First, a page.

To accurately reflect clinically relevant parasite biology a unique panel of parasite isolates derived from patients with stringently defined CM was developed. The effect of TNF and these parasite lines on primary human brain microvascular endothelial cell (HBMVEC) activation in an in vitro co-culture model was tested. HBMVEC activation was measured by cellular release of IL6 and nuclear translocation of NF?B. The transcriptional and functional effects of dimethyl fumarate (DMF), an FDA approved drug which induces the NRF2 pathway, on host and parasite induced HBMVEC activation was characterized. In addition, the effect of DMF on parasite binding to TNF stimulated HBMVEC in a semi-static binding assay was examined.

The findings provide evidence that targeting the nuclear factor E2-related factor 2 ( NRF2) pathway in tumour necrosis factor (TNF) and parasite activated human brain microvascular endothelial cell (HBMVEC) mediates multiple protective pathways and may represent a novel adjunctive therapy to improve infection outcomes in CM.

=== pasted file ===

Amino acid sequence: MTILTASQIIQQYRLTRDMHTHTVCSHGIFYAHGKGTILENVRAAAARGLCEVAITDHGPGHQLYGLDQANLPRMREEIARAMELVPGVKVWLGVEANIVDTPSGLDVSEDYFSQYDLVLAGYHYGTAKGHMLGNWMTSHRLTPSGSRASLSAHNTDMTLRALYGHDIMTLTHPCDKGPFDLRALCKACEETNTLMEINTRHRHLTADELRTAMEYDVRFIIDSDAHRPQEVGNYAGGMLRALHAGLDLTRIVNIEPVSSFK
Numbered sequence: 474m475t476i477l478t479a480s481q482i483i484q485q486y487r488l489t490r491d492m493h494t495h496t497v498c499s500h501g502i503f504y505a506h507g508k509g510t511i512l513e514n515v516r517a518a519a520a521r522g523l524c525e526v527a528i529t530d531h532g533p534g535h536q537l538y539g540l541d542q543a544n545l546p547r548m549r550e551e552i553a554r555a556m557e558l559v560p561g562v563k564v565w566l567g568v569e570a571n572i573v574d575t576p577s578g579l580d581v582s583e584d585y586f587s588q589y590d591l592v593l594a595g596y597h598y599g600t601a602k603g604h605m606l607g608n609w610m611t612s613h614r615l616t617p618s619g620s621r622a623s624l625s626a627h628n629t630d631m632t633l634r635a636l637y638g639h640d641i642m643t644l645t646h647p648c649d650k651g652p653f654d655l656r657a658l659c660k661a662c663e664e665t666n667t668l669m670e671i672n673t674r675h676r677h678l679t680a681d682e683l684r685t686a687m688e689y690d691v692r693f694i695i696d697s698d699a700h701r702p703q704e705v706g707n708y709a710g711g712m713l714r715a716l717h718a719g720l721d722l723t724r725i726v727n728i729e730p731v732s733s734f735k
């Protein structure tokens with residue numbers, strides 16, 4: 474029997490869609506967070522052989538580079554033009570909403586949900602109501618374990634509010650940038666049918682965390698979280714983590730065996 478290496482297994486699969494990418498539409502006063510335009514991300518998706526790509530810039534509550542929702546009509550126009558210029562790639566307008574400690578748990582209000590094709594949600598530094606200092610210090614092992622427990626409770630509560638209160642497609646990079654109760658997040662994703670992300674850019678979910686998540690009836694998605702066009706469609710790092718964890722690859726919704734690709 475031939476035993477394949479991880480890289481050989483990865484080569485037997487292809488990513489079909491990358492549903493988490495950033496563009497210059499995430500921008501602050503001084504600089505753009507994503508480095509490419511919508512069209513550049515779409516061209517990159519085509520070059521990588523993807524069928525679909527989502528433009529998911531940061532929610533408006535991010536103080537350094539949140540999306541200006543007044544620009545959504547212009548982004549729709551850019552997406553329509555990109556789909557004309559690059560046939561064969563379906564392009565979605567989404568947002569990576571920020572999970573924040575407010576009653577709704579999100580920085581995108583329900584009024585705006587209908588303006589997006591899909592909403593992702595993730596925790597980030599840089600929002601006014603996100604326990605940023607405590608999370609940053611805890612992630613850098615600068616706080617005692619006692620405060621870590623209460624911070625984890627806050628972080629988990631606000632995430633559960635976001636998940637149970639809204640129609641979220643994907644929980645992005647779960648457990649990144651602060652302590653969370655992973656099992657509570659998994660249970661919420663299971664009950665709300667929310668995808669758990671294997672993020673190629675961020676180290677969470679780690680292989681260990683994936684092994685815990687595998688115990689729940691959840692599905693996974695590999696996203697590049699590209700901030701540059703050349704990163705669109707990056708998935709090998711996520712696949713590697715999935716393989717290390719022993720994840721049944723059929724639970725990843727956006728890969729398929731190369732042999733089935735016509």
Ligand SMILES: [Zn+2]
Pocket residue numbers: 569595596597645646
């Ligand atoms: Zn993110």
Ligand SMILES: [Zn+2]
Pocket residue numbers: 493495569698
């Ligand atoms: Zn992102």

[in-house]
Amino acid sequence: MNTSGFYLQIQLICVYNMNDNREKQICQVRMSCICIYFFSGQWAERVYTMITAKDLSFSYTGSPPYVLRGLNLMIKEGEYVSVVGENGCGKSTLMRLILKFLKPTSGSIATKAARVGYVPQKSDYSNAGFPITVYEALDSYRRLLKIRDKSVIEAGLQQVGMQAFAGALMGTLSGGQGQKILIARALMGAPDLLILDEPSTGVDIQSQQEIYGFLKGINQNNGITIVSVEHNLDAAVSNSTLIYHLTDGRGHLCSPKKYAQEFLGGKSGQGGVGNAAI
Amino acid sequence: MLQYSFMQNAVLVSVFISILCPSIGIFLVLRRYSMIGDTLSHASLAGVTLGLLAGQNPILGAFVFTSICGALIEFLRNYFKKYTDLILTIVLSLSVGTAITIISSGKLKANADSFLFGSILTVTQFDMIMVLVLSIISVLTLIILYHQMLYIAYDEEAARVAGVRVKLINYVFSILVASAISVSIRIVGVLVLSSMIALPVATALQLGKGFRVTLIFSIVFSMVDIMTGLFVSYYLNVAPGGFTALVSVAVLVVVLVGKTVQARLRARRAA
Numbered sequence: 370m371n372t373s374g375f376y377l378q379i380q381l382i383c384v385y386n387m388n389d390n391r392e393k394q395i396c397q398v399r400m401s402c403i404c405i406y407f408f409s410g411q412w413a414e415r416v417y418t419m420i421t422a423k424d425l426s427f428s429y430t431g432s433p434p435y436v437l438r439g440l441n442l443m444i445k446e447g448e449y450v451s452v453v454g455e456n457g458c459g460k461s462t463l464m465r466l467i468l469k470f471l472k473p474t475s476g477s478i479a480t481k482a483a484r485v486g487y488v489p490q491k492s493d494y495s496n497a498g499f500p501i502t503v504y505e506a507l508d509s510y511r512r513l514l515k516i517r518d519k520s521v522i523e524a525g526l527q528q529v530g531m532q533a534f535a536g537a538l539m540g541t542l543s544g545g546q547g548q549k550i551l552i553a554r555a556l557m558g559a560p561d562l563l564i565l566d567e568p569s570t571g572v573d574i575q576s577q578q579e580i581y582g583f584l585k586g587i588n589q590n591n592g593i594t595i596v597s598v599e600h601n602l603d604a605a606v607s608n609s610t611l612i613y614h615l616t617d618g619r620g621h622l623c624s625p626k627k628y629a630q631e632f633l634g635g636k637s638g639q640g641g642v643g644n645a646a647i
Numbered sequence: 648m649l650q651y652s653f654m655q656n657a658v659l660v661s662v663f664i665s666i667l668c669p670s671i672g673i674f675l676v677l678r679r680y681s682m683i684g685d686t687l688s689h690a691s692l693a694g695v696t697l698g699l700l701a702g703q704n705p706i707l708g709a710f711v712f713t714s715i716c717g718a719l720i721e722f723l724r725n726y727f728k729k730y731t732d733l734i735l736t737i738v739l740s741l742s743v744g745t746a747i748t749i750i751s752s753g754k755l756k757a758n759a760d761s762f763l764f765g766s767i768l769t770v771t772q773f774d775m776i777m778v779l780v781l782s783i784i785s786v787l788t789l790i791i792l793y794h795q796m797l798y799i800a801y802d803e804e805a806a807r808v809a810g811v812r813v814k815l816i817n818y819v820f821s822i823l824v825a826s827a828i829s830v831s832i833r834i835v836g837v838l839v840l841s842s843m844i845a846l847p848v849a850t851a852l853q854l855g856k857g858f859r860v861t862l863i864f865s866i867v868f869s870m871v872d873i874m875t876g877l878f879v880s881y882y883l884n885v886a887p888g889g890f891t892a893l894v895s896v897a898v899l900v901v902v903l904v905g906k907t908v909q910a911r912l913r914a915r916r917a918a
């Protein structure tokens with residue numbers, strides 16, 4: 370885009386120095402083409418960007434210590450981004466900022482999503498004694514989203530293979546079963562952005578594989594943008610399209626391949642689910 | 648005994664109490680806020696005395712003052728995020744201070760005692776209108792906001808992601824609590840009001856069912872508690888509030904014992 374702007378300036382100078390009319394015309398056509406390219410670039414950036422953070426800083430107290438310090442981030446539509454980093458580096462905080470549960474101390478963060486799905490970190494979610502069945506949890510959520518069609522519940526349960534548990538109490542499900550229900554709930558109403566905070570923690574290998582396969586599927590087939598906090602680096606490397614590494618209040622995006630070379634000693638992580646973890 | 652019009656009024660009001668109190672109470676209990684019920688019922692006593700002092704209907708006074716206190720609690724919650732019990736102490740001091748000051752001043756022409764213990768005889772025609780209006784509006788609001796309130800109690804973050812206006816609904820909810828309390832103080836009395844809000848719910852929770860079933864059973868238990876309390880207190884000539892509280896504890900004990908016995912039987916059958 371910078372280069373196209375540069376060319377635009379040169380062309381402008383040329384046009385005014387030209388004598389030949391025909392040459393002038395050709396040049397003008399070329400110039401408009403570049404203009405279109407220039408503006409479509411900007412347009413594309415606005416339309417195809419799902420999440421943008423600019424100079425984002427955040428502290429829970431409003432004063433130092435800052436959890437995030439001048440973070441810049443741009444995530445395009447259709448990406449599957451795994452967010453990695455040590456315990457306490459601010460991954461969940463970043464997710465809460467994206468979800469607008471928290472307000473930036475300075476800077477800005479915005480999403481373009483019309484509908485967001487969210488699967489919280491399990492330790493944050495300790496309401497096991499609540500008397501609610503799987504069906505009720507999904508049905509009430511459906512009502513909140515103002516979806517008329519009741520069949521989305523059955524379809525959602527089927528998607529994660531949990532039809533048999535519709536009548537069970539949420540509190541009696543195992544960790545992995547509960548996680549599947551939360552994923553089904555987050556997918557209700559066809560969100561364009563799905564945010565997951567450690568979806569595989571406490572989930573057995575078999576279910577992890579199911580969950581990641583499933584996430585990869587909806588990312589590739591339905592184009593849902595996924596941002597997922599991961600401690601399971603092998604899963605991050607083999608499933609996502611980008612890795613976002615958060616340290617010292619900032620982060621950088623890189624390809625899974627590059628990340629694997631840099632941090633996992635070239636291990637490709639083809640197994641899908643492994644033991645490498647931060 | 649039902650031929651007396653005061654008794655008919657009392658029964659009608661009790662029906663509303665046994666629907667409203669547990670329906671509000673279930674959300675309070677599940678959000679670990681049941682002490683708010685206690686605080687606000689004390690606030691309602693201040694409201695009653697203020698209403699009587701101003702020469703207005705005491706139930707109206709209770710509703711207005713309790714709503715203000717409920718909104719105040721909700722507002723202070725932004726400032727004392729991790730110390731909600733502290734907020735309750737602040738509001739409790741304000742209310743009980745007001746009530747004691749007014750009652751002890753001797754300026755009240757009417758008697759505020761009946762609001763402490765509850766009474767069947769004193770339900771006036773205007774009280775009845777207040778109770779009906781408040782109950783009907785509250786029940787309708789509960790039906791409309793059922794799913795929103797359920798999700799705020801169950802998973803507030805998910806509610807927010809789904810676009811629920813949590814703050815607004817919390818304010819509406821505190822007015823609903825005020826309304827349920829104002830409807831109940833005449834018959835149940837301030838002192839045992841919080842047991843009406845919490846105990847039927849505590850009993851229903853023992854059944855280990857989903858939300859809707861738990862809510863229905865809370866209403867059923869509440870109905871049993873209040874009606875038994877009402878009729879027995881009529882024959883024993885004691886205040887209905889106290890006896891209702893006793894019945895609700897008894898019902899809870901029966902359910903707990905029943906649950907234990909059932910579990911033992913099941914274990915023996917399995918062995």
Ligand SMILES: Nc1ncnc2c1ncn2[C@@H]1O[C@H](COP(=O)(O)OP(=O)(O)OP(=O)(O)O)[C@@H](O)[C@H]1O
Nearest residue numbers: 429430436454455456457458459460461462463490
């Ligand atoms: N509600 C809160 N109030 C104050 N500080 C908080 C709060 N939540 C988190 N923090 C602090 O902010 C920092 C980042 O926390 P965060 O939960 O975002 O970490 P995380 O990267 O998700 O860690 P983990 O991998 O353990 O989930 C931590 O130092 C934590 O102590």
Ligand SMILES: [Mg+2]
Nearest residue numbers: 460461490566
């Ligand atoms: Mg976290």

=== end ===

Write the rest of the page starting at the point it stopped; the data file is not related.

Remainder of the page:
Fast-acting insecticide polymorph could boost malaria-control efforts

Chemistry World reports on a faster-acting version of a common insecticide could boost malaria control efforts. The new crystalline form of deltamethrin is absorbed by mosquitoes 12 times faster than commercial forms and could help to limit malaria transmission despite growing rates of insecticide resistance.

Microcystals of contact insecticides like deltamethrin are crucial ingredients in indoor sprays and treated bed nets used to combat malaria-spreading mosquitoes. But many mosquito populations are developing resistance to these compounds, which is harming efforts to control the disease.

Treat Malaria as National Health Emergency, NEMP tells Federal Government

The Coordinator of National Malaria Elimination Programme (NEMP), has asked the federal government to tackle malaria as a national health emergency in the same manner COVID-19 pandemic is being handled. Against the background of increasing poverty in the country, Civil Society in Malaria Control, Immunisation and Nutrition (ACOMIN) has said there is a direct linkage between malaria scourge and the level of poverty in communities.

Speaking at a meeting with the civil society group involved in anti malaria advocacy, Coordinator of NEMP, said the current level of funding of the health sector by government is unacceptably low.